If you are new to WITCHBLADE, Marz has written it so that you don’t need to have read any WITCHBLADE issues before it. In fact, other than perhaps issue one, don’t read any previous issues. You’ll give up before you get to issue 80. I’d also recommend reading past volume one of Marz’s run if you like it even a little bit. He really does get better as he spends time on the series, and he’s currently writing the related title ARTIFACTS which encompasses the world of WITCHBLADE and some extra characters he created in the course of writing the series (he’s no longer writing WITCHBLADE. The current WITCHBLADE writer announced that he was going to make Pezzini and the stories sexy again. Clearly he doesn’t understand the genius that Marz brought to the series. However, even if he doesn’t appreciate the ethical shift made by Marz, he is a good writer. I thought the first few issues of his run were a little rough, but his stories have become quite interesting and inventive.).

wblade 4Marz’s first story arc introduces major characters and is set up with a mirrored plot: Once you read it, look at the first few pages of issue 80 and then the final few pages of issue #85. You’ll see that the roles have been reversed, Marz clearly announcing that Pezzini is a woman to be reckoned with and the men around her are the ones who need looking after. The story has a big plot with end-of-the-world Catholic priests and large creatures, but just like in a Whedon show or movie, Marz knows that it’s the dialogue DURING and in-between the action scenes that make a story work.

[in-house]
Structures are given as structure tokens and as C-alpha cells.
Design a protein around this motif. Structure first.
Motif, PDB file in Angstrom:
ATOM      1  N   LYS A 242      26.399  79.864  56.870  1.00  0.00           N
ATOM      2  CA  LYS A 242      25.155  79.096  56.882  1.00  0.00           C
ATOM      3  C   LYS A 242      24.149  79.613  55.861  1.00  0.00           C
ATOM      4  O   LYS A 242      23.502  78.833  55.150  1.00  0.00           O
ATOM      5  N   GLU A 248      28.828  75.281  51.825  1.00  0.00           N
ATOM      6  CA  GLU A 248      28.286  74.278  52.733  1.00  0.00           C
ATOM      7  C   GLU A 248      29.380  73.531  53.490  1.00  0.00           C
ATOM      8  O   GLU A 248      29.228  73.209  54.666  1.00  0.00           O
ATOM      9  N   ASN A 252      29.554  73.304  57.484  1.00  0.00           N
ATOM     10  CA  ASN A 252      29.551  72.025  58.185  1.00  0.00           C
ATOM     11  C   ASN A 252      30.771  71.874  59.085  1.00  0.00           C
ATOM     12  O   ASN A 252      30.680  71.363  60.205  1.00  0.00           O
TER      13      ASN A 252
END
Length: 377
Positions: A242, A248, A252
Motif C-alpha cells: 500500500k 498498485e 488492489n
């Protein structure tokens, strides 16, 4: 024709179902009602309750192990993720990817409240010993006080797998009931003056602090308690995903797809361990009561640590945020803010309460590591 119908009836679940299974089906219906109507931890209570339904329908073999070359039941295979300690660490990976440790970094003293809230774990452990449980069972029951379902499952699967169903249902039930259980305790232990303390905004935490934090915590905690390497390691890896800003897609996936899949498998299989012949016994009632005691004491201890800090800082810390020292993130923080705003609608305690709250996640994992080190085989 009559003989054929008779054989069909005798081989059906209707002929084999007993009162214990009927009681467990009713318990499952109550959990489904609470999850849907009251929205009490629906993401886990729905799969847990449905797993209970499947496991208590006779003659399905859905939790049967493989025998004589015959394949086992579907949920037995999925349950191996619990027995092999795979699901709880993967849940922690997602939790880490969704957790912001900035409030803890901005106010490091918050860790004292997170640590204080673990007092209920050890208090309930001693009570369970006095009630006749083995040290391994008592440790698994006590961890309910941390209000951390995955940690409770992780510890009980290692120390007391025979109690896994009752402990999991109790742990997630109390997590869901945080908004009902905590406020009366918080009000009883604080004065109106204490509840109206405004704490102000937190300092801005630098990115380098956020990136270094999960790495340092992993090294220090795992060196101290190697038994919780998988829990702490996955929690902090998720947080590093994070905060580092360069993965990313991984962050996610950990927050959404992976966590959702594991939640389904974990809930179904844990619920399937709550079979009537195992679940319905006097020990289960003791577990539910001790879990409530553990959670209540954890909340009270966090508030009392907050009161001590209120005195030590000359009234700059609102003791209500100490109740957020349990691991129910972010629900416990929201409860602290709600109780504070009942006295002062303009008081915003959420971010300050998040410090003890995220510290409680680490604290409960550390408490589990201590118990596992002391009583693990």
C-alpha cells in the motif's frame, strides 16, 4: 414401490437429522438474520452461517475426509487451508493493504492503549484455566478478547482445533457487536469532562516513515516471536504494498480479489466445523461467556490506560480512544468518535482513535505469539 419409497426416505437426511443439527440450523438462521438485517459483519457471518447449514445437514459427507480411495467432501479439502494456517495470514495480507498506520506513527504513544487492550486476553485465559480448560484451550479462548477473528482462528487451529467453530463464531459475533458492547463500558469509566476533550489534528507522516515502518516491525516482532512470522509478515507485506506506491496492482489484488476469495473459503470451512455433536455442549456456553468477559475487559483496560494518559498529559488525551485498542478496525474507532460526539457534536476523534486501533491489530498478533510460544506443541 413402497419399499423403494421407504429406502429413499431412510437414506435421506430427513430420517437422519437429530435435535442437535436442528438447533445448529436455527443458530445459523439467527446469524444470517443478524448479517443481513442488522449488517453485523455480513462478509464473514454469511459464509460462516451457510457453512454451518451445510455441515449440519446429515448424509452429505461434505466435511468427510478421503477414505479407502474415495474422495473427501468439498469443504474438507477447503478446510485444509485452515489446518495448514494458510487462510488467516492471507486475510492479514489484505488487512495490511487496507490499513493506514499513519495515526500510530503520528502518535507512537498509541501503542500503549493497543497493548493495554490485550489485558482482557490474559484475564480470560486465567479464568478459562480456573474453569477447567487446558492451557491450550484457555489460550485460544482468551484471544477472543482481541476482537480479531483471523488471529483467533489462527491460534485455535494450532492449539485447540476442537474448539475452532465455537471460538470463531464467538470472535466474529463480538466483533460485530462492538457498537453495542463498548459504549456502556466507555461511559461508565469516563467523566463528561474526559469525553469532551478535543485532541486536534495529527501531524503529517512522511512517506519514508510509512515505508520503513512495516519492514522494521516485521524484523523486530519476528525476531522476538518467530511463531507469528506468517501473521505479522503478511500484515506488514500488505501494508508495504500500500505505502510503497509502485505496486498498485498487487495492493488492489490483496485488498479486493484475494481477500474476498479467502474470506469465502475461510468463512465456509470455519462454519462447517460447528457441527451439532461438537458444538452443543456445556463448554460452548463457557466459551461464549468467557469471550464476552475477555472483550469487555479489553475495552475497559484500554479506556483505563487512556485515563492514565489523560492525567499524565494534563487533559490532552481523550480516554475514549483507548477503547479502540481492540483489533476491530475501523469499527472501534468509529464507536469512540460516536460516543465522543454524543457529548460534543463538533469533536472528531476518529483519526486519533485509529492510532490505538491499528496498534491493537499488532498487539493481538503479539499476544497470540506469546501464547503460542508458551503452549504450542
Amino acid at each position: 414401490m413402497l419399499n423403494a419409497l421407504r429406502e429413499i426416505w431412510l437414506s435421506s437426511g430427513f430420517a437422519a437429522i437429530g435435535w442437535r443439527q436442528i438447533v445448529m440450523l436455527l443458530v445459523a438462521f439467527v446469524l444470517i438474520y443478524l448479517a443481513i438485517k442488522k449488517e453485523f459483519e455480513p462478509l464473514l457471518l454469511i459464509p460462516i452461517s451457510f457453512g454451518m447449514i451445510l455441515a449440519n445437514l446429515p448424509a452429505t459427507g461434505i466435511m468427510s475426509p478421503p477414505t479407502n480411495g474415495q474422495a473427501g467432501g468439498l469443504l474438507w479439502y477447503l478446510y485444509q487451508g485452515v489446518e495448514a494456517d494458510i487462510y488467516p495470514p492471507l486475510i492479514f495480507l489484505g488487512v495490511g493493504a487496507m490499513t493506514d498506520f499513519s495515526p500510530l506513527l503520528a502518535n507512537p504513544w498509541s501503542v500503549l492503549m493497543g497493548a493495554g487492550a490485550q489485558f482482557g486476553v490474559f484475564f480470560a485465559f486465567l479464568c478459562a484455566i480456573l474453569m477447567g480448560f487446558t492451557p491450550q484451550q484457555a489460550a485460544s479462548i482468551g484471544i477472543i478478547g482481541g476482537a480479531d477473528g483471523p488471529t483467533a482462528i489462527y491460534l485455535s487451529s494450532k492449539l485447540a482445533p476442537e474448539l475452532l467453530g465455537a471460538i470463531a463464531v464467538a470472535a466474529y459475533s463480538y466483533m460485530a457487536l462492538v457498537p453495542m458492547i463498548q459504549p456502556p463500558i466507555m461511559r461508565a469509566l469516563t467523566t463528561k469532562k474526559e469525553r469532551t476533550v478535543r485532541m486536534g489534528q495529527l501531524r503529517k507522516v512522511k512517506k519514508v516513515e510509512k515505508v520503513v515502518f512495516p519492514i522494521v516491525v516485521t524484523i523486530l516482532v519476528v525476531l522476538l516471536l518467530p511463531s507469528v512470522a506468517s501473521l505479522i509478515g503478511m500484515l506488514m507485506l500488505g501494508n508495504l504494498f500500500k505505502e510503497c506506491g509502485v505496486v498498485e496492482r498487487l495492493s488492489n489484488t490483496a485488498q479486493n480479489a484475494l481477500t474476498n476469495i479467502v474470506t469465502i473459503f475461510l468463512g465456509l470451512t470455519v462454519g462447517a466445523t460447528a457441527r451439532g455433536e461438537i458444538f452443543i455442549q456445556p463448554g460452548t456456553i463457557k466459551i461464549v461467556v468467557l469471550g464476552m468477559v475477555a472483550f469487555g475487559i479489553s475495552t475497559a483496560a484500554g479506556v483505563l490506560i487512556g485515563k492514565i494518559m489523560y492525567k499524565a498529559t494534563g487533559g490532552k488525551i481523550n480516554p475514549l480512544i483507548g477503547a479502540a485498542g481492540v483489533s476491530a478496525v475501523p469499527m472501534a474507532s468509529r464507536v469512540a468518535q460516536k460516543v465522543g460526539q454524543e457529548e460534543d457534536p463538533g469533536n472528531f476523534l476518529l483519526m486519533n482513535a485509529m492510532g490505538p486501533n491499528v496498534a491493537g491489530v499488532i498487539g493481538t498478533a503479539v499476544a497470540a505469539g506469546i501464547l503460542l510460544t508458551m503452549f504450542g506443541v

Read this volume if you are a Whedon or a Buffy fan and can see Marz’s writing as subverting the visual message that draws in the exact type of audience that needs to witness a capable woman. Also, if you like Law and Order, I recommend Marz’s WITCHBLADE. First and foremost, the story is a police procedural. It’s about cops and detectives. They are solving crimes, and Pezzini seems to get really annoyed that she keeps having to deal with these stupid fantasy creatures and the like instead of running down criminals as a cop. It’s very similar, once again, to Buffy just wanting to be a student hanging out with friends. That attitude means the big actions scenes are just plain annoying to the main character and that adds humor before any fighting even begins.